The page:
“Yes, I would have liked to have been a judge, but I never had the Latin. I never had sufficient Latin to get through the rigorous judging exams.” So said the late great Peter Cook at the beginning of his wonderful Miner sketch. I know how he felt – Latin O-level was the only serious exam I ever failed.
I didn’t, however, become a miner. Undeterred by my lack of Latin I still pursued a career in law. I can’t say that my inability to converse in ancient Rome held me back, although there were certainly times when it would have been useful, particularly in the early days.
One would have thought that with all the efforts at modernising and simplifying the law Latin expressions would, like the use of the language itself, by now have been confined to the dustbin of history. Not so. Just this morning I picked up a family law textbook and, opening it at random, was confronted by the definition of three Latin expressions, the understanding of which is considered essential by the authors.
So, just what Latin expressions do family lawyers persist in using? Well, quite a few, as it happens. Here, for your delectation (and education) are some of the most common:
ab initio – ‘From the beginning’ (quite why lawyers can’t use that perfectly adequate English phrase, I’m not sure). In the family law context, it is used to refer to marriages that were void ab initio, i.e. from the outset, as against marriages that were initially valid, but only subsequently made void.
a mensa et thoro – Literally means ‘from table and bed’, graphically referring to a legal separation from those things. Divorce a mensa et thoro was dealt with by the ecclesiastical courts and was replaced by ‘judicial separation’, although the old term still crops up from time to time – see, for example, the 2002 case Allan v Clibbery.
ex parte – A commonly used expression referring to applications by one party only. Obviously, with most applications to the court the respondent should be notified and given an opportunity to attend the hearing of the application. However, certain (usually urgent) applications can be dealt with ex parte. Perhaps the most common in the context of family law are domestic violence injunctions, were the party applying requires protection before the other party is notified of the application (that party will then get a chance to put their case at a subsequent hearing).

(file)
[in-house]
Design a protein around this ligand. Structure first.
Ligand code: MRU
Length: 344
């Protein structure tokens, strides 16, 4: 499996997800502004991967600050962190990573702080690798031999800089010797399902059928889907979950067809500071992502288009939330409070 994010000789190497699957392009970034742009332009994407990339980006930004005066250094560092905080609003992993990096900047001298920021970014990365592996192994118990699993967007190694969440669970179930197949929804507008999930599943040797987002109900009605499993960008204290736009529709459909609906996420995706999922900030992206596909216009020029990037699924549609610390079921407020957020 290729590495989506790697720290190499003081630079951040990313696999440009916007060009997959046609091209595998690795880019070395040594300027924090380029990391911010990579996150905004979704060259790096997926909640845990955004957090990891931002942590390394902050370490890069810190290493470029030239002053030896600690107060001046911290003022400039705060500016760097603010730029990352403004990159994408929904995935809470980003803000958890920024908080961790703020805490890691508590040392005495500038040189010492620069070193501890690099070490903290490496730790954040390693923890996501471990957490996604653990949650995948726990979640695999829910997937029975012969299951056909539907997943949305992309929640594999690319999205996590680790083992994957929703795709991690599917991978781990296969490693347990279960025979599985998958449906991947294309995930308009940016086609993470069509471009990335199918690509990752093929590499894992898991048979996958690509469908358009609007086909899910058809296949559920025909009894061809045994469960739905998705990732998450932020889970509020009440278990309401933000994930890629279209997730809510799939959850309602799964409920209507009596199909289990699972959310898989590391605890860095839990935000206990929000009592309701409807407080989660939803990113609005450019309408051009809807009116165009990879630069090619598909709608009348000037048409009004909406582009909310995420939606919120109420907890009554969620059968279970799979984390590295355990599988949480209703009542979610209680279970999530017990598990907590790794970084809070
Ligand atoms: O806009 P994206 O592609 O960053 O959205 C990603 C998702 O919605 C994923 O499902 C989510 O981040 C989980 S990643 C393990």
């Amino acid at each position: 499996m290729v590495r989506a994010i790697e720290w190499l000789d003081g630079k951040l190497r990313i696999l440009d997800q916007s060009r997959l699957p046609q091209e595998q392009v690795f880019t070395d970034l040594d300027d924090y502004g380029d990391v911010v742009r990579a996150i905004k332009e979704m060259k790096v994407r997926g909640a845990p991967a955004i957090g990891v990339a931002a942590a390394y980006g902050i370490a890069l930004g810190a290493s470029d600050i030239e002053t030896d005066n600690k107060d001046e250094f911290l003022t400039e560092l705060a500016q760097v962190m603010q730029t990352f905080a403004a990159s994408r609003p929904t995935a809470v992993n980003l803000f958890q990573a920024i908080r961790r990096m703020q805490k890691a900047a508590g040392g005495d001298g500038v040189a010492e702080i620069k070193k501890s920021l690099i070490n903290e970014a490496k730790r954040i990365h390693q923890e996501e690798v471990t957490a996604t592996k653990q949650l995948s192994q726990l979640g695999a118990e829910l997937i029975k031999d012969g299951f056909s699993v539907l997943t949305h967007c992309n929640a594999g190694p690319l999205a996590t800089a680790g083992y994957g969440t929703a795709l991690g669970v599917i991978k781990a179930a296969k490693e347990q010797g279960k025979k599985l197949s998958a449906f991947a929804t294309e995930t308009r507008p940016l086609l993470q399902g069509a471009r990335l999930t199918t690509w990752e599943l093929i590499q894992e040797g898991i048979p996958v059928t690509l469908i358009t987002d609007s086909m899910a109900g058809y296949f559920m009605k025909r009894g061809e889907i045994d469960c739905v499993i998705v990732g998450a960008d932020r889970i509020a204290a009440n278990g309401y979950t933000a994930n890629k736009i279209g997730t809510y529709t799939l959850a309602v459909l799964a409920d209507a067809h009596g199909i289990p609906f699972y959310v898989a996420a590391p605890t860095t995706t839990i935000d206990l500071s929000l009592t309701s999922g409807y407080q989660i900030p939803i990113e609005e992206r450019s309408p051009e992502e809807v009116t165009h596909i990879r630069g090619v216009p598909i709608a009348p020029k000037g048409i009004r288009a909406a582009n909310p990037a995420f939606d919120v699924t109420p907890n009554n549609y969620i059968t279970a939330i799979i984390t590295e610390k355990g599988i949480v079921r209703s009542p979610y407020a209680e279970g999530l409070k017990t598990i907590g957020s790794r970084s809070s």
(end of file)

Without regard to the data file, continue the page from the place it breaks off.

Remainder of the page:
forum conveniens – A term used in jurisdiction disputes over which country’s law should apply to a dispute. The forum conveniens is the country that is most suited to hear the dispute (just as the forum non conveniens is a forum that is not convenient).
guardian ad litem – Another very common term, referring (in the family law context) to a guardian appointed by the court to represent the interests of a child.
in camera – The cause of much controversy in family and Court of Protection cases. The term literally means ‘in a chamber’, but refers to hearings conducted in private or, as some would say, in secret. In recent times there have been moves to reduce the number of cases held in camera.
in loco parentis – ‘In the place of a parent’. A term that is in general usage, and refers to anyone who assumes the responsibilities of a parent for a child, for example a teacher at a school.
inter alia – Another common one, that I’m often guilty of using myself. It means ‘among other things’. For example, where a court can make several types of orders, such as in financial remedy applications, one might say that ‘the court can, inter alia, make a lump sum order’. The term is also used in non-legal contexts.
lex fori – Another one used in jurisdiction disputes. The term refers to the law of the forum, or state, where the action is brought.
lis pendens – Again used in jurisdiction disputes, this time referring to a ‘suit pending’ in another jurisdiction.
nisi – Means simply ‘unless’, and refers to a decree that is not final unless some condition is met. Accordingly, a decree nisi of divorce is not final unless it is made absolute. In civil partnership dissolution proceedings the decree nisi is called a ‘conditional order’.
pendente lite – ‘Pending the litigation’. I can’t say I’ve actually come across this one myself, but it can refer to temporary court orders that are made pending the final outcome of the proceedings, such as orders for maintenance pending suit.
sine die – Another one in common usage by all lawyers involved in litigation. It literally means ‘without day’, and refers to adjournments of cases where the court does not fix another hearing date, thus: ‘adjourned sine die’.
stare decisis – This term means ‘let the decision stand’, or something similar. It refers to the very important principle of precedent, i.e. where courts are bound by earlier decisions, save for decisions of inferior courts.
ultra vires – Means ‘beyond the powers’ and refers to anything that is done by a body (including a court) that was beyond its power to do. Accordingly, for example, anyone affected by a decision that was made ultra vires can challenge that decision and have it set aside.
I’ll stop there, but I could go on, as the deeper I look the more expressions I find that are still being used. Perhaps those who have the temerity to want to be lawyers should still study that Latin after all…
Photo by Kevin Wong via Flickr